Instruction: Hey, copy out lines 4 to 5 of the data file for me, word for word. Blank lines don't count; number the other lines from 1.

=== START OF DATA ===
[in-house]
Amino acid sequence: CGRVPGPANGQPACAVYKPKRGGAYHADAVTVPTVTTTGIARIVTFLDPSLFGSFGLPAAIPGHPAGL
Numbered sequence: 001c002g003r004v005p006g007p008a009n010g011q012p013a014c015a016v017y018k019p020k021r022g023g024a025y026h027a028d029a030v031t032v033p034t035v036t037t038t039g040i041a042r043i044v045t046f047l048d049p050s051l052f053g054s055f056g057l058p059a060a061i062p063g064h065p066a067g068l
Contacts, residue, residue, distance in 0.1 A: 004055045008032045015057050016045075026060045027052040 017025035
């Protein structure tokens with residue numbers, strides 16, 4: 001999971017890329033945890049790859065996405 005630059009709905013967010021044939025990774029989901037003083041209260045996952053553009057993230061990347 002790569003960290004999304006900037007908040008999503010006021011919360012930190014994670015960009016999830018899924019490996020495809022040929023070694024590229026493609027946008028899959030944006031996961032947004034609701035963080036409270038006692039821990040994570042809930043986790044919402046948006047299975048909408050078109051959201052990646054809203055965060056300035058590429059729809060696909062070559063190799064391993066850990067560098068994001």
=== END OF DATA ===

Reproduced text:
Contacts, residue, residue, distance in 0.1 A: 004055045008032045015057050016045075026060045027052040 017025035
């Protein structure tokens with residue numbers, strides 16, 4: 001999971017890329033945890049790859065996405 005630059009709905013967010021044939025990774029989901037003083041209260045996952053553009057993230061990347 002790569003960290004999304006900037007908040008999503010006021011919360012930190014994670015960009016999830018899924019490996020495809022040929023070694024590229026493609027946008028899959030944006031996961032947004034609701035963080036409270038006692039821990040994570042809930043986790044919402046948006047299975048909408050078109051959201052990646054809203055965060056300035058590429059729809060696909062070559063190799064391993066850990067560098068994001």